Alternative lodgings: This San Jose hotel offers history, charm and maybe ghosts

Do you know the way to San Jose?
I’m going back to find some peace of mind in San Jose …
–Burt Bacharach and Hal David

If you find yourself in fast-paced Silicon Valley over the holidays or for business, the Dolce Hayes Mansion may provide a welcome escape.

The San Jose, Calif., hotel exudes personality. Like history? It has that, too. And the rumors is it’s haunted.

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This stained glass graces the ceiling in the hotel lobby. (Photo by Sheryl Jean)

The glorious grounds include palm trees, an outdoor swimming pool, tennis courts and a large outdoor patio. It’s location in the southeast corner of San Jose still offers easy access to freeways, many tech companies and two parks: one with a playground and one with a mixed-use trail.

The history

The mansion was home to the prominent Hayes family. Matriarch Mary Hayes Chynoweth commissioned the 65-room, 41,000-square–foot Spanish Colonial Revival house, but died just before it was completed in late 1905. Her two sons, Everis and Jay, and their families lived there. Everis was a U.S. Congressman and Jay was involved in state politics. In addition, the brothers owned and operated mines, farms and other businesses, including the San Jose Herald, San Jose Mercury and The Evening News. Those newspapers eventually became the San Jose Mercury News. At one time the Hayes family’s estate covered nearly 700 acres.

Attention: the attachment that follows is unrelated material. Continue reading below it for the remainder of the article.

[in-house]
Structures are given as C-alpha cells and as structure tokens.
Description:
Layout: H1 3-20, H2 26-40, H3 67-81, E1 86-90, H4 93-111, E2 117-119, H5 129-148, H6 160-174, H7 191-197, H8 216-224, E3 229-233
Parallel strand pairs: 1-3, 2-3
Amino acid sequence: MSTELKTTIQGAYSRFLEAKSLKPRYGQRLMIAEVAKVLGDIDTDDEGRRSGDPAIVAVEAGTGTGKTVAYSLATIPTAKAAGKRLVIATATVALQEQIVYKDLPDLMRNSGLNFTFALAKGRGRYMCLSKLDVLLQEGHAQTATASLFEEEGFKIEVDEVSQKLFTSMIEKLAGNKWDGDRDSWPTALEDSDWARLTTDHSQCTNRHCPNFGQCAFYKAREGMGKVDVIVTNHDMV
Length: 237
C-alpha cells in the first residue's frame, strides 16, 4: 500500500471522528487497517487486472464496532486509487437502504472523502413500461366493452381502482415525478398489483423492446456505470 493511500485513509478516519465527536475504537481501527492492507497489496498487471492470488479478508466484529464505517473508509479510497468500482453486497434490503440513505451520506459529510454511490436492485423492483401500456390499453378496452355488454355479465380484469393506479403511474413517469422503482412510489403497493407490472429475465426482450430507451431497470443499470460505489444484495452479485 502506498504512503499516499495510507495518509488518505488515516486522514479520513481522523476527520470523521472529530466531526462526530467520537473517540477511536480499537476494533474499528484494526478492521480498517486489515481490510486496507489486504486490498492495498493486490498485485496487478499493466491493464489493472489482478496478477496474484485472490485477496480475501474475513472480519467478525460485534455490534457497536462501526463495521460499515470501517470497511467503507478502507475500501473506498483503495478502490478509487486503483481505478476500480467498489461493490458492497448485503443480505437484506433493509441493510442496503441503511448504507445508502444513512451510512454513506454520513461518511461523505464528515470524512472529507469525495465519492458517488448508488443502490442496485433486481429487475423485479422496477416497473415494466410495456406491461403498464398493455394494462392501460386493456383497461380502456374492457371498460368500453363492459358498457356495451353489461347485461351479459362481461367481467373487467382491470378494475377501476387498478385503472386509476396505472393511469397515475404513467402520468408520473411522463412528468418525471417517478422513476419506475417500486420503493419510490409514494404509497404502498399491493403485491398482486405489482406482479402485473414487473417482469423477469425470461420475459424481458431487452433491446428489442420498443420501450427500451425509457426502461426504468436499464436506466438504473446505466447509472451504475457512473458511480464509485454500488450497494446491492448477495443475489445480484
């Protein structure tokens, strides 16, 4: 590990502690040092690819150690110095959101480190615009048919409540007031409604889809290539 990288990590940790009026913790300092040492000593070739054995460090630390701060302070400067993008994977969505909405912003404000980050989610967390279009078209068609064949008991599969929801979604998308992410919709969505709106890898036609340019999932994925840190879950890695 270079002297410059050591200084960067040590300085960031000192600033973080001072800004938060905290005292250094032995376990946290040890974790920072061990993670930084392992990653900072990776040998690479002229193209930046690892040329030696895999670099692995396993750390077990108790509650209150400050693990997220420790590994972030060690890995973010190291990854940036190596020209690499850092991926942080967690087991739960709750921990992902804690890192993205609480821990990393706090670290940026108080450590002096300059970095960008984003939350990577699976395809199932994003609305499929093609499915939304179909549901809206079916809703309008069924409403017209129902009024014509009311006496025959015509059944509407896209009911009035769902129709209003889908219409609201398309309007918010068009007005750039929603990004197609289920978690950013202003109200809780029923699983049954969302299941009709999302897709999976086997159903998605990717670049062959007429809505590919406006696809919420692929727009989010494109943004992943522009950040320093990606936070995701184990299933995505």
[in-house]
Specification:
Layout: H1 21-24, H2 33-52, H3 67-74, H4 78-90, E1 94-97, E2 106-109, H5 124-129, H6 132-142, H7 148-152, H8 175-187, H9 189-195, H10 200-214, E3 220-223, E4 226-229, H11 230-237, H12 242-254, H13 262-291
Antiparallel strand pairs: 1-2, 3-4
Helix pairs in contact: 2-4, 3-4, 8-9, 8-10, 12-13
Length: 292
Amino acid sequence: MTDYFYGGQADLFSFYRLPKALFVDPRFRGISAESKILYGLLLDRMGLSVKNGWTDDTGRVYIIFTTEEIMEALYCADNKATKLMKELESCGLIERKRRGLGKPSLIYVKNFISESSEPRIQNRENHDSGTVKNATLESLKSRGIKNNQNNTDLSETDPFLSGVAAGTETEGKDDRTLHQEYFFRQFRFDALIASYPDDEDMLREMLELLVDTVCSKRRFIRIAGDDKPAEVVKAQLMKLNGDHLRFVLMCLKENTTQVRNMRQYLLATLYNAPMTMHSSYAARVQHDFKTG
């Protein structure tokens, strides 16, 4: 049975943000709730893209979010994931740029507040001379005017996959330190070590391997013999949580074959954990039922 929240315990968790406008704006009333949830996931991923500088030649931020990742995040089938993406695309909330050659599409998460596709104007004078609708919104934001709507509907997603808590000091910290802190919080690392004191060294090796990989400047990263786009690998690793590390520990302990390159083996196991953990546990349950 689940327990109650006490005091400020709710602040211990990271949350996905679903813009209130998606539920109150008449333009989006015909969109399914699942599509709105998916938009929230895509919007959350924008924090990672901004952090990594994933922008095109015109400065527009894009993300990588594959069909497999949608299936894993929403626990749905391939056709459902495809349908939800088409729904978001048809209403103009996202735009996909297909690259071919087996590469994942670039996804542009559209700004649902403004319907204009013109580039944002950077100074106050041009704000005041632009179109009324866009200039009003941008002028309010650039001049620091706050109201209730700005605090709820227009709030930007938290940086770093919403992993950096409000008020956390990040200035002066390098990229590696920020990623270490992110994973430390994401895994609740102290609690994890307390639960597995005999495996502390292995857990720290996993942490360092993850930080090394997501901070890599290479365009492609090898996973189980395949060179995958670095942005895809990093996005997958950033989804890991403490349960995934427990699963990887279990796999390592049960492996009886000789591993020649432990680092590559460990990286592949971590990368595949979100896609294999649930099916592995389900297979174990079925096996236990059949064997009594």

Mural Dolce Hays Mansion
This is one of two large murals depicting California landscapes in the hallway behind the hotel lobby. (Photo by Sheryl Jean)

When you walk through the hotel’s main entrance, take note of two old photographs in the vestibule. The one on the left shows the first Hayes mansion, a Victorian affair that burned down in 1899. The one on the right shows the current mansion in 1953. At check-in, make sure to ask for the self-guided walking tour (a brochure) of the mansion.

All of the wood trim in the lobby is mahogany. Just off the lobby is a beautiful library filled with legal volumes serves as a guest sitting area. From the lobby, a marble hallway takes you to other parts of the mansion, passing two wonderful murals (see photo above). More modern art of California landscapes by San Francisco Bay Area artists are in other parts of the mansion and wings.

Inglenook at the Dolce Hayes Mansion